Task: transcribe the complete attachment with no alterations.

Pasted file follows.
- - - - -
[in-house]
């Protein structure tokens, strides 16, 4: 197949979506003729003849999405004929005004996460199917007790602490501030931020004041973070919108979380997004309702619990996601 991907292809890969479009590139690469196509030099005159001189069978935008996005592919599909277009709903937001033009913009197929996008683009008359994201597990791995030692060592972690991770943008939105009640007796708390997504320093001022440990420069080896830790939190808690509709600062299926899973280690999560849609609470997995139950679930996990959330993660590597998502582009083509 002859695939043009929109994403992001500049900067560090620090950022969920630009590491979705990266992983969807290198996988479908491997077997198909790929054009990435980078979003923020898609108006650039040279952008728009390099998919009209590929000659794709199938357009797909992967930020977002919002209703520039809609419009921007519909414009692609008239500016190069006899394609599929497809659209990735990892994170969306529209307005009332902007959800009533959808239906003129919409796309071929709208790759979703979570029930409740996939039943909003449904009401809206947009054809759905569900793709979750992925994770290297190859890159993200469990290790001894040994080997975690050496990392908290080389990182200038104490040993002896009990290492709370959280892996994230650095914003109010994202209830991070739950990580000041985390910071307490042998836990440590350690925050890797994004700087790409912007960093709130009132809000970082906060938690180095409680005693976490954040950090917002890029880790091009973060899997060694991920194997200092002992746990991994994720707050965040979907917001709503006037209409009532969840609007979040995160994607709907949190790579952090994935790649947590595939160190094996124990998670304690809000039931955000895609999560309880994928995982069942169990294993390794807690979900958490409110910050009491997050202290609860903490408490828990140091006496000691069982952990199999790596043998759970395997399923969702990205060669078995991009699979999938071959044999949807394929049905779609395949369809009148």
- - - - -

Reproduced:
[in-house]
């Protein structure tokens, strides 16, 4: 197949979506003729003849999405004929005004996460199917007790602490501030931020004041973070919108979380997004309702619990996601 991907292809890969479009590139690469196509030099005159001189069978935008996005592919599909277009709903937001033009913009197929996008683009008359994201597990791995030692060592972690991770943008939105009640007796708390997504320093001022440990420069080896830790939190808690509709600062299926899973280690999560849609609470997995139950679930996990959330993660590597998502582009083509 002859695939043009929109994403992001500049900067560090620090950022969920630009590491979705990266992983969807290198996988479908491997077997198909790929054009990435980078979003923020898609108006650039040279952008728009390099998919009209590929000659794709199938357009797909992967930020977002919002209703520039809609419009921007519909414009692609008239500016190069006899394609599929497809659209990735990892994170969306529209307005009332902007959800009533959808239906003129919409796309071929709208790759979703979570029930409740996939039943909003449904009401809206947009054809759905569900793709979750992925994770290297190859890159993200469990290790001894040994080997975690050496990392908290080389990182200038104490040993002896009990290492709370959280892996994230650095914003109010994202209830991070739950990580000041985390910071307490042998836990440590350690925050890797994004700087790409912007960093709130009132809000970082906060938690180095409680005693976490954040950090917002890029880790091009973060899997060694991920194997200092002992746990991994994720707050965040979907917001709503006037209409009532969840609007979040995160994607709907949190790579952090994935790649947590595939160190094996124990998670304690809000039931955000895609999560309880994928995982069942169990294993390794807690979900958490409110910050009491997050202290609860903490408490828990140091006496000691069982952990199999790596043998759970395997399923969702990205060669078995991009699979999938071959044999949807394929049905779609395949369809009148």